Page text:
Harassment On Law Advocacy Day

Police crack down on dozens of activists attempting to promote rule of law in China.
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Chinese women petitioners kneeling as they cry outside a court in southwest China's Chongqing municipality, May 13, 2010.
Chinese women petitioners kneeling as they cry outside a court in southwest China's Chongqing municipality, May 13, 2010.

Authorities detained several activists and violated the human rights of others across China Sunday as the country marked Law Advocacy Day, according to netizens and rights campaigners.

The annual event, held on Dec. 4, was launched to promote rule of law in China, but instead saw several high-profile dissidents, their supporters, and other petitioners harassed by police.

On Sunday, a group of supporters, including a female netizen by the online name of “Wu Ti,” Buddhist nun Miaojue, and the mother of AIDS rights activist Tian Xi, went to visit artist and human rights activist Ai Weiwei at his home in the Beijing suburb of Caochangdi.

However, when they arrived at Ai’s residence, police stopped them from knocking on his door. Ai opened the door, but was requested by the police officer to close it, Wu Ti said in an interview on Monday.

The security personnel then sent the three visitors to an extralegal detention facility, or “black jail,” in Jiujingzhuang, after taking them to a nearby police station.

“I was detained for about five hours, and I told the police there why the charges against Ai Weiwei are unlawful,” Wu Ti said.

Police refused the three women lunch and later questioned them about whether they intended to lend money to Ai, who is now fighting tax evasion charges from the authorities and has been receiving donations from netizens.

Ai was hit with a tax bill following his 81-day detention by police at a secret location earlier this year, which sparked an international outcry and prompted an angry response from Beijing.

Official media reports later said he was being detained under investigation for "economic crimes," but Ai and his lawyers suspect the tax charges are a political backlash against his vocal activism on behalf of China's least privileged people.

Movement restricted

Also on Sunday, Beijing-based legal expert Xu Zhiyong told RFA he was blocked from leaving his own home by police, although he was reluctant to provide details of the incident by phone.

“I cannot give you any details. Everything is explained on my Twitter page,” Xu said, adding that he feared that his phone was being monitored by the authorities. Twitter is blocked in China, but can be accessed through the use of a proxy server which hides a user’s identity.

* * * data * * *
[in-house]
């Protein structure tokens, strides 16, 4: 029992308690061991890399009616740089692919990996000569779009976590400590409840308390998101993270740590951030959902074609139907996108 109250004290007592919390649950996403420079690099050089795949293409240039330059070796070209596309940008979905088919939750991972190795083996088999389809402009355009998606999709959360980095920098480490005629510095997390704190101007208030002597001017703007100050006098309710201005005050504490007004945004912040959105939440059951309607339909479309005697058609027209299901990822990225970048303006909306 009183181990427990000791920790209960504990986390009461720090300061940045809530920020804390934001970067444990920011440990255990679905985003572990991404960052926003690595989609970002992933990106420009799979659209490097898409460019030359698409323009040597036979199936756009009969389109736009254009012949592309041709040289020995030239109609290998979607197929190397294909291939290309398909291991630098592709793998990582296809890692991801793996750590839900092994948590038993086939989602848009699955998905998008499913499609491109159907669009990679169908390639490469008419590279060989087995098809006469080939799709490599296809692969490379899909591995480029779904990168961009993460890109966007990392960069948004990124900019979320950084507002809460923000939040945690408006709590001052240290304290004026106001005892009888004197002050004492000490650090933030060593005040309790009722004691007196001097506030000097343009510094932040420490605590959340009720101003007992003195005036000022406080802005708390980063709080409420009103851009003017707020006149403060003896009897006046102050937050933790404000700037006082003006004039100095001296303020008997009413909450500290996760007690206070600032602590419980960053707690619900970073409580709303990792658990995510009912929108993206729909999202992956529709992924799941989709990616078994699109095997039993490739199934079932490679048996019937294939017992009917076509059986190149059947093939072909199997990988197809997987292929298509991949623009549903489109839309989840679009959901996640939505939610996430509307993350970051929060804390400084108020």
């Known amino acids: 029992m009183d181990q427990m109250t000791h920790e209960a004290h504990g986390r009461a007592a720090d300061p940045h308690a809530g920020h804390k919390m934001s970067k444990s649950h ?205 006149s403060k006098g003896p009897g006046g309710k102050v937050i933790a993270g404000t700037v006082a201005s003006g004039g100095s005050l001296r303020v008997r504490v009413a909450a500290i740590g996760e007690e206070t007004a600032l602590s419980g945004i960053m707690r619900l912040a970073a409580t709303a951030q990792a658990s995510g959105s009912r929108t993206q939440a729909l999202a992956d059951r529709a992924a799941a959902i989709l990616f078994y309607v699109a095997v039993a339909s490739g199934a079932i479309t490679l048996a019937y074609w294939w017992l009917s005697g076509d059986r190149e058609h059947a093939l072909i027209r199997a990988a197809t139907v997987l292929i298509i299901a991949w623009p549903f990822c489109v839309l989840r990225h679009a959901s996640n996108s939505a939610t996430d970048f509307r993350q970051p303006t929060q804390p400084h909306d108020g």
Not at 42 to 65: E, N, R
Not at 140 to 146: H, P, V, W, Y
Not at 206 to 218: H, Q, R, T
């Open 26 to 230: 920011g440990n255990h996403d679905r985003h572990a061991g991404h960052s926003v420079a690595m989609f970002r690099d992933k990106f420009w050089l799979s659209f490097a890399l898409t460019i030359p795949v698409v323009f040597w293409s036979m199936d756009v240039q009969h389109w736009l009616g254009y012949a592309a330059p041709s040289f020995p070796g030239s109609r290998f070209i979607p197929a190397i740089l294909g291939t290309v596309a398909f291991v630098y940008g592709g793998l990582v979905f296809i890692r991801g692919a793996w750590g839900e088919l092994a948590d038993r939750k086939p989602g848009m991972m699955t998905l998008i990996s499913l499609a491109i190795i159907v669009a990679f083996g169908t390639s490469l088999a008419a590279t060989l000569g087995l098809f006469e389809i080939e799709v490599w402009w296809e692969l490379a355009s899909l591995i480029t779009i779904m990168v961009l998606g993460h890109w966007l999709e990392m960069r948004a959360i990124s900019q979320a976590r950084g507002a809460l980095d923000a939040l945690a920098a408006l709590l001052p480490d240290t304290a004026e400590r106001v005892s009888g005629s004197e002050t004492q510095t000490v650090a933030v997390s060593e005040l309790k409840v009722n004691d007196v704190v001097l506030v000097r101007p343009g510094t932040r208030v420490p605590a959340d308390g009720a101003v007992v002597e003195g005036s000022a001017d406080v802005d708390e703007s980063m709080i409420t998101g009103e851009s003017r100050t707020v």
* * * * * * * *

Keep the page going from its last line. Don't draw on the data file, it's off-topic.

Xu was an independent candidate at this year’s local elections, and he originally planned to go out Sunday to deliver coats to petitioners who are forced to live outside in snowy Beijing during the winter months.

“Though I myself cannot give you these donated coats, more and more people are paying attention to your suffering. Like you, I must suffer from lack of freedom, which is a price any combatant has to pay in the fight for freedom and justice,” Xu wrote on his Twitter page.

Annual crackdown

As in past years, several petitioners made an attempt Sunday to go to China’s official TV network CCTV to voice their grief on Law Advocacy Day, but were met by a heavy police presence.

“Many police officers were there to guard the CCTV office, and they checked everyone getting close to the building,” said Wu Tianli, a petitioner in Beijing.

Wu said she was placed on a bus and sent to Jiujingzhuang by authorities.

“On the bus they searched my bag and became alarmed by a bottle of water. The officer opened the cap and smelled it. I realized that he wanted to check if it was a flammable liquid someone could use in a possible self-immolation,” she said.

“I have never seen such high vigilance against petitioners.”

Meanwhile, in the eastern province of Shandong, Zuo Bingning, Hai Tao and other two netizens traveled to Linyi city center and unfurled a banner with the words “Free Chen Guangcheng,” referring to the blind rights activist under house arrest in the city’s suburban area.

Netizens said Hai Tao was immediately led away by police. On Monday, Zuo Bingning declined to be interviewed, saying he feared retribution by authorities for speaking to the media about the incident.

Chen, a self-taught lawyer who campaigned for the rights of rural women under China's draconian family-planning regime, was jailed for more than four years for “damaging public property and obstructing traffic” in August 2006.

Chen and his family have since been confined to their home and denied access to books, paper, or pens and electronic equipment, as well as being cut off from contact with the outside world.

A legal expert in Henan province surnamed Xiao called police harassment of rights campaigners “ridiculous” on a day he said they should be listening to grievances.

“This day should be a reminder to spread legal knowledge and respect for the rule of law, but instead it has become a day of tightened surveillance on rights activists and petitioners.” 

Original reporting by Xin Yu and Fang Yuan for Mandarin. Translated and written in English by Ping Chen.





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